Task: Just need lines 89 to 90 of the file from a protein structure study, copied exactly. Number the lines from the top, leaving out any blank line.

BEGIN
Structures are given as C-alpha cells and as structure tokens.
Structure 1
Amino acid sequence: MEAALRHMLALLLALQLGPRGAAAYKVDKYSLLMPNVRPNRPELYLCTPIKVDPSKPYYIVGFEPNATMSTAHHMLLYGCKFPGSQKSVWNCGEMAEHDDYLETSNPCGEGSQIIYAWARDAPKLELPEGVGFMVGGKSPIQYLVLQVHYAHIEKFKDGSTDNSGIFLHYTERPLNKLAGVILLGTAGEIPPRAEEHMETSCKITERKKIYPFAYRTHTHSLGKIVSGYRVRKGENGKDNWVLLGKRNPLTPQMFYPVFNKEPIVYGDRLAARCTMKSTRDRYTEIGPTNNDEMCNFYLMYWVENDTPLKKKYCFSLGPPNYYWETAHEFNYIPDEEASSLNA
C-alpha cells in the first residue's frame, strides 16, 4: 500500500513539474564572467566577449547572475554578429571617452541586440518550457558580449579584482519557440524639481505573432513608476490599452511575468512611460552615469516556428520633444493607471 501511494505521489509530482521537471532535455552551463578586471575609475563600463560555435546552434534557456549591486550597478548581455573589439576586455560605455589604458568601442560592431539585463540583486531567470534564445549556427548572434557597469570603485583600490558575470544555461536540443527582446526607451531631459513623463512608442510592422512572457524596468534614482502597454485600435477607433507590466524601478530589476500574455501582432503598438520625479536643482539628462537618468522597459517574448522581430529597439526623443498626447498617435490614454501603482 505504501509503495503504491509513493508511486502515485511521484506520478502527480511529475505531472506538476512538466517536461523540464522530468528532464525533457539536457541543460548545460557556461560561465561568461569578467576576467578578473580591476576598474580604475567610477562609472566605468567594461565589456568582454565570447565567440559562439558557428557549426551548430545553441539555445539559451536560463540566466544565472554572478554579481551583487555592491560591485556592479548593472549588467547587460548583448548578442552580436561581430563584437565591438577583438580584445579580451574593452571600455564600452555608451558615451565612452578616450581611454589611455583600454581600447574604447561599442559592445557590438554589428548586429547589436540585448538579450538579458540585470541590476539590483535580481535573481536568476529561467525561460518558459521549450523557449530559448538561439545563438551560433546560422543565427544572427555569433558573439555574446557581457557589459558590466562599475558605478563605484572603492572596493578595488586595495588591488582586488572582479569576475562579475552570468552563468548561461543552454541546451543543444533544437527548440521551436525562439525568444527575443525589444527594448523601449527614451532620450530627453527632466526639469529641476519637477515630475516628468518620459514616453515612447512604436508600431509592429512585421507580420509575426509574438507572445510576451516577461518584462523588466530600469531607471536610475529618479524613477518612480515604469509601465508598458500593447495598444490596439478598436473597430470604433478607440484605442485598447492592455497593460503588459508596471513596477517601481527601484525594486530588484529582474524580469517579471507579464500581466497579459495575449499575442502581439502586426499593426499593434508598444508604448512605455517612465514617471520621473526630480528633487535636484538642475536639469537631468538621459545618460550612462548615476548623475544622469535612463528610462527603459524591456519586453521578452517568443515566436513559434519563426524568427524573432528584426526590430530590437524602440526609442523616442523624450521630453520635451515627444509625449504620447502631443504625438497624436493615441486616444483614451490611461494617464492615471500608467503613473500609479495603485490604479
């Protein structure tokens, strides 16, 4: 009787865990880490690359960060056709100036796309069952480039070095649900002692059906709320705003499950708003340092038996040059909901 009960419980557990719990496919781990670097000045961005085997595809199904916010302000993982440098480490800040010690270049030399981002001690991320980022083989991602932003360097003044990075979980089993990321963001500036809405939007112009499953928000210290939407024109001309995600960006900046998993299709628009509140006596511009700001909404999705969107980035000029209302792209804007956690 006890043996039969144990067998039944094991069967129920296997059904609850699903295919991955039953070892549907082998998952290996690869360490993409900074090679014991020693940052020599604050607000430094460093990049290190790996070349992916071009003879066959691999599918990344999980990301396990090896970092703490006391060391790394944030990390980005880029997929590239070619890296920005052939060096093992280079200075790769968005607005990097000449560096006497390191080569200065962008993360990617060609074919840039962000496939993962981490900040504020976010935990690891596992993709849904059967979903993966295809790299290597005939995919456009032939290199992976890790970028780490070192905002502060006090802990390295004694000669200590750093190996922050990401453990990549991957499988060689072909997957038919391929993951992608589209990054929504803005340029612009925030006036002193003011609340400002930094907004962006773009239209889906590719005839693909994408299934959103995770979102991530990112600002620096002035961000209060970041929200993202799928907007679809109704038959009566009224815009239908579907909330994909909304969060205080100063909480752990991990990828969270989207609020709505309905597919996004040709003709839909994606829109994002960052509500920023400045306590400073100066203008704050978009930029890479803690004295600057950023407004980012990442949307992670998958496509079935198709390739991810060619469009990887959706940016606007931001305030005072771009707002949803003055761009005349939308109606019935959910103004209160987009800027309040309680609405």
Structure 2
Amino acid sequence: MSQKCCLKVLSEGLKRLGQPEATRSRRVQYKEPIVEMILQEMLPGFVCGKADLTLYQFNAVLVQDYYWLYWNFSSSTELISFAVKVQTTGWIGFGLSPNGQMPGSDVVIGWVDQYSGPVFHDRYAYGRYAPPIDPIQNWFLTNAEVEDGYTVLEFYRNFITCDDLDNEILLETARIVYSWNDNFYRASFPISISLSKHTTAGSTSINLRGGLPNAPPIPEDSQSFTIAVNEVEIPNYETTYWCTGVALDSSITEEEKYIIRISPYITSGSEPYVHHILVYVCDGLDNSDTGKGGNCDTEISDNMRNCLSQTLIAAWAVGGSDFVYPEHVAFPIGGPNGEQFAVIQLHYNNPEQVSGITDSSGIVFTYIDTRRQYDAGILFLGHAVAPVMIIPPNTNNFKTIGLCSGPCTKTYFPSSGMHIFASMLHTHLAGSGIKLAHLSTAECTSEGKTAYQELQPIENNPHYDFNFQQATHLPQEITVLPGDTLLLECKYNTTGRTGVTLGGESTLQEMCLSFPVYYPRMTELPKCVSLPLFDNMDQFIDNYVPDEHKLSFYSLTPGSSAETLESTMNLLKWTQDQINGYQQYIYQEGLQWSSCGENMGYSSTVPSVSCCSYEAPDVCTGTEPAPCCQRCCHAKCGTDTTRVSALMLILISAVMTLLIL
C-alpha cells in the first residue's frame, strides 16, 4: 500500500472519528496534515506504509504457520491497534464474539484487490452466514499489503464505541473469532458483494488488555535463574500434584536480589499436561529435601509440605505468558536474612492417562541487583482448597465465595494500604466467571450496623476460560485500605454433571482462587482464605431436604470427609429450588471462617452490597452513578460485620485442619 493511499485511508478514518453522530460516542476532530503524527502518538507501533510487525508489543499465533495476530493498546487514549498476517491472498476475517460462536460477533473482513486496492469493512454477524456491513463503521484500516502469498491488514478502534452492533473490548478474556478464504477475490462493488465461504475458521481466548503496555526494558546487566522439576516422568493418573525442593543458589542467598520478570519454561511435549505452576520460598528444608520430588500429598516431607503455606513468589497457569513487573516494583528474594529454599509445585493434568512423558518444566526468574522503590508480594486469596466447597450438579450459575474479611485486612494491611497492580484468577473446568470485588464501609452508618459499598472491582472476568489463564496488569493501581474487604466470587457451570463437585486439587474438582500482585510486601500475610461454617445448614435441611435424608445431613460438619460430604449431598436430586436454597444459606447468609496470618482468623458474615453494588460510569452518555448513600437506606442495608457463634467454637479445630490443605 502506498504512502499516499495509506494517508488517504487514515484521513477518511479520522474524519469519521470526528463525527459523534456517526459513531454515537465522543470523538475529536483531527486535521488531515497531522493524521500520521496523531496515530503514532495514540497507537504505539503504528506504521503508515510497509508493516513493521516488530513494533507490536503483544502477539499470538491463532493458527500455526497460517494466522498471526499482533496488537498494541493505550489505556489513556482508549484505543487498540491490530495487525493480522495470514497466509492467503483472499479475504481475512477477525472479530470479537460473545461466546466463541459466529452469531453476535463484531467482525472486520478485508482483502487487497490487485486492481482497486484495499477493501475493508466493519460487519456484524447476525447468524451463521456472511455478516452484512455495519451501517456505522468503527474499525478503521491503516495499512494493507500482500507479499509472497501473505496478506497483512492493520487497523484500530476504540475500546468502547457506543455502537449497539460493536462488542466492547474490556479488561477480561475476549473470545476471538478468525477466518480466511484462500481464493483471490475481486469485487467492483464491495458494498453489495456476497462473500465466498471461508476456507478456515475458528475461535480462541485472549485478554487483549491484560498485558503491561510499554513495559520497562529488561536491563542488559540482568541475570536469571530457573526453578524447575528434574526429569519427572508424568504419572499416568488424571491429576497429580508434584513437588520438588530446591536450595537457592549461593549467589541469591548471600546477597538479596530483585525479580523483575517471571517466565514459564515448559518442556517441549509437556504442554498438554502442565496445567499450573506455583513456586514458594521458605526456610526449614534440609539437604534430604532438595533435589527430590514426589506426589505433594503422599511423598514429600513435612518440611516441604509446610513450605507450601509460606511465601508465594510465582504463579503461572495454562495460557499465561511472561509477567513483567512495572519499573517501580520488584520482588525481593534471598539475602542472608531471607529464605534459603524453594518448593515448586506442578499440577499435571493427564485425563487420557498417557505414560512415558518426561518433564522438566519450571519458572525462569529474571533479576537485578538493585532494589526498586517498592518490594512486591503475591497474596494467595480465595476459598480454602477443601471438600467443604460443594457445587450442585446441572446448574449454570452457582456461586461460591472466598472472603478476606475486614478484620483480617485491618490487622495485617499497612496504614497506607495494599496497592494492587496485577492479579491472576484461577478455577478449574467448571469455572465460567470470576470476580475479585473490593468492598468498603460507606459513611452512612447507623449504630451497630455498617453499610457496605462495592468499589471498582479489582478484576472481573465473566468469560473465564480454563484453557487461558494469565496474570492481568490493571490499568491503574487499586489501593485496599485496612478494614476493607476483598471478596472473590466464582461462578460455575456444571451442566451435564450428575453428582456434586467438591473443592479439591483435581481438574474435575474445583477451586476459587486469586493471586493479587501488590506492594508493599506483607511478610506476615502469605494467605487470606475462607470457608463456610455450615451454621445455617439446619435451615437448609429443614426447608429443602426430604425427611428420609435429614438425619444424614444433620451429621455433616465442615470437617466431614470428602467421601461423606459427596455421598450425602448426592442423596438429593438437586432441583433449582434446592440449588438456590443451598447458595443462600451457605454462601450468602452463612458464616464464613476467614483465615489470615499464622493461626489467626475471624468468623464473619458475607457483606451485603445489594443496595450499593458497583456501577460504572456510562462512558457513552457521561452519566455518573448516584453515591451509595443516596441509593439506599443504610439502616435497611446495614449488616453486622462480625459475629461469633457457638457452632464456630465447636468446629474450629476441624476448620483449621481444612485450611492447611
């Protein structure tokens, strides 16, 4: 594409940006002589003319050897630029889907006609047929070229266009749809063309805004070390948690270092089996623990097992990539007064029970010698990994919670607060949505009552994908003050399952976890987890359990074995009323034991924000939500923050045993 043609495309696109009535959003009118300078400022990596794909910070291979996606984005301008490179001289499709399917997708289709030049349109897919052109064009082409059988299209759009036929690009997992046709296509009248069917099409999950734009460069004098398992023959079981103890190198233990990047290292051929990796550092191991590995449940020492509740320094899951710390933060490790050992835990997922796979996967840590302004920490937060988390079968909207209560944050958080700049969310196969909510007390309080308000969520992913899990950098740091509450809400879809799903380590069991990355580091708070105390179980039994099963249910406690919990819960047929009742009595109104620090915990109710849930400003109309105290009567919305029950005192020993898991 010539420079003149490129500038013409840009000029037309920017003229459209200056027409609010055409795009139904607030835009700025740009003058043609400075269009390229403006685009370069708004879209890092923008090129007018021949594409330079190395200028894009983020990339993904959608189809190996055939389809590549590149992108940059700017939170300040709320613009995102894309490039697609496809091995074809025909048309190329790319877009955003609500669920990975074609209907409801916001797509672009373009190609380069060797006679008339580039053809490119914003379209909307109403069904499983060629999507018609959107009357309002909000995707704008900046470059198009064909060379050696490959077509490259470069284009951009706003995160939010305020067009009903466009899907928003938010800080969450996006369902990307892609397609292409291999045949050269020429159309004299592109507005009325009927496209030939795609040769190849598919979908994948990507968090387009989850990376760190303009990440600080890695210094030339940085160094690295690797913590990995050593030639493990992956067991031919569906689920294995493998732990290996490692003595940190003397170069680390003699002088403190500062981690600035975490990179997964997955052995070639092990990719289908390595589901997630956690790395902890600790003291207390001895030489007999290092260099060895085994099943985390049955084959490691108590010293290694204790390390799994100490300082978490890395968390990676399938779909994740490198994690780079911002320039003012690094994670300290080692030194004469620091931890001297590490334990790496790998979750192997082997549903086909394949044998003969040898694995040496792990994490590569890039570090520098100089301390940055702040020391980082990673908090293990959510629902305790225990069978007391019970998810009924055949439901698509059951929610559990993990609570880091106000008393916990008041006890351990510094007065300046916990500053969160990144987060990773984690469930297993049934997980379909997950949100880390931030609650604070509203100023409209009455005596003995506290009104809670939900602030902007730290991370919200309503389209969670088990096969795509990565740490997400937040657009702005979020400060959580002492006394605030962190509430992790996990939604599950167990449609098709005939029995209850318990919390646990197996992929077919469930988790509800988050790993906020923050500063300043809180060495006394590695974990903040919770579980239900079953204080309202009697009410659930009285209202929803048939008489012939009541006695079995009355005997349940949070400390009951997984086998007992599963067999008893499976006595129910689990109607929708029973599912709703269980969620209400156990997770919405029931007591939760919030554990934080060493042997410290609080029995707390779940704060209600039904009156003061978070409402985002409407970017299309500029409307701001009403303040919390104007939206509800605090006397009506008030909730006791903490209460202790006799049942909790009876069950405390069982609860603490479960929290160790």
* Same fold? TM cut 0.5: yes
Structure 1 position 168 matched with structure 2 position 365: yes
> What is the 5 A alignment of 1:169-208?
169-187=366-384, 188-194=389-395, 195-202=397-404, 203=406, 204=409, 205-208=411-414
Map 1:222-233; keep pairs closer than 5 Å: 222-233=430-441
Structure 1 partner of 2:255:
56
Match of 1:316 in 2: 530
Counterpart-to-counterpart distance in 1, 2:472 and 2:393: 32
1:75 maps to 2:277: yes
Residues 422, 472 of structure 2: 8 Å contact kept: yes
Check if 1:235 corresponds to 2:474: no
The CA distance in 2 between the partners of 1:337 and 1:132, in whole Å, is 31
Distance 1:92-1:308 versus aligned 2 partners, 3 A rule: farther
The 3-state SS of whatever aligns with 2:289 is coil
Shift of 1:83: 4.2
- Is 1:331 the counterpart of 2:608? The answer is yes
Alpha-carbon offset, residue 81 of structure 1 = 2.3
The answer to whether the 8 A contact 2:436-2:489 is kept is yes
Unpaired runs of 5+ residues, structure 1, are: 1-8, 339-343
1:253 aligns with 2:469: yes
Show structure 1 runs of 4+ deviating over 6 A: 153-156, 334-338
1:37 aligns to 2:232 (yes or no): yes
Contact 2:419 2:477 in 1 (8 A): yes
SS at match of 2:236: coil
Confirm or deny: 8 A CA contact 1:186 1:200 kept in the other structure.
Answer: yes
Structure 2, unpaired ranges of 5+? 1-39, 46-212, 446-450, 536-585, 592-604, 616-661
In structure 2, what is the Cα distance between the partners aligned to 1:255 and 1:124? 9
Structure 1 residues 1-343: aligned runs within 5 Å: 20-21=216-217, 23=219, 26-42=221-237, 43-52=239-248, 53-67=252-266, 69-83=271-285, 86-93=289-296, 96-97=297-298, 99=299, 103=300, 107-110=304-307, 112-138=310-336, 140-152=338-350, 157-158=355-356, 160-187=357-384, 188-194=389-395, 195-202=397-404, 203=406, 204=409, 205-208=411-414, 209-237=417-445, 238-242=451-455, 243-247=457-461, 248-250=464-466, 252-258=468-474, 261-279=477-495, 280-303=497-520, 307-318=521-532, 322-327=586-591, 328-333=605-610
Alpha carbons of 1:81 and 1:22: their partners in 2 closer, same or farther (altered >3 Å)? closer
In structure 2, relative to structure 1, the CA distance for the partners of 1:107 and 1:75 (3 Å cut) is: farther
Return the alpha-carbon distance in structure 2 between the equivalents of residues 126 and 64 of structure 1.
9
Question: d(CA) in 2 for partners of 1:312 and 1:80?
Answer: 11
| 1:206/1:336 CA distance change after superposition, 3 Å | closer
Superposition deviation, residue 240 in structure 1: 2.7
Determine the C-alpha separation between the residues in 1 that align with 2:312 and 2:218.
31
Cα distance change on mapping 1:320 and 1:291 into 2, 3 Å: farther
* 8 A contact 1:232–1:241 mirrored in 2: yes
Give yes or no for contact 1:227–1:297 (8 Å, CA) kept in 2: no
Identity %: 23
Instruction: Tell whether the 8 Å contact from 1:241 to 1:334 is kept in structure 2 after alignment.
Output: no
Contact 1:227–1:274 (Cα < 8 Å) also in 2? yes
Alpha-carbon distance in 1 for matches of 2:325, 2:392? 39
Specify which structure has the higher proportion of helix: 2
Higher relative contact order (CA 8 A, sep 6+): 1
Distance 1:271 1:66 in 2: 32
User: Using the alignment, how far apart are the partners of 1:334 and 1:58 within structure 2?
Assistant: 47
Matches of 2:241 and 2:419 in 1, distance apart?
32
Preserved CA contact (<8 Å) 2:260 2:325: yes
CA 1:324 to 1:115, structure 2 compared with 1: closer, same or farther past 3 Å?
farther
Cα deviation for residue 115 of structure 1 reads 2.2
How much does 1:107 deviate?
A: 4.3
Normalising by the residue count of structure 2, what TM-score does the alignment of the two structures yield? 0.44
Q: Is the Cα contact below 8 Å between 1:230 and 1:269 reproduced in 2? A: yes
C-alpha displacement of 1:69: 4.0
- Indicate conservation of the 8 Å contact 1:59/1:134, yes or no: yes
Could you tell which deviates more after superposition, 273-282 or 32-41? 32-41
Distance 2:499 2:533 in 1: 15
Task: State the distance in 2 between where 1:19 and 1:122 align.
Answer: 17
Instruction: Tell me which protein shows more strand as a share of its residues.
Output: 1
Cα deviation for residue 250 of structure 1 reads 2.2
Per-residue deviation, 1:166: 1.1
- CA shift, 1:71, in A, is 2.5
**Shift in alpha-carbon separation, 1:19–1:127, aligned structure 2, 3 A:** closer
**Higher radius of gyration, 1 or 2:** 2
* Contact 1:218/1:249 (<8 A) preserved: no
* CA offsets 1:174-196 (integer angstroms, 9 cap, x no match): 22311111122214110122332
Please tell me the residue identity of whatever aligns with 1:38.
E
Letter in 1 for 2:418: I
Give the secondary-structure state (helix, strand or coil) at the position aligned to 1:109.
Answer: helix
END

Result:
E
Letter in 1 for 2:418: I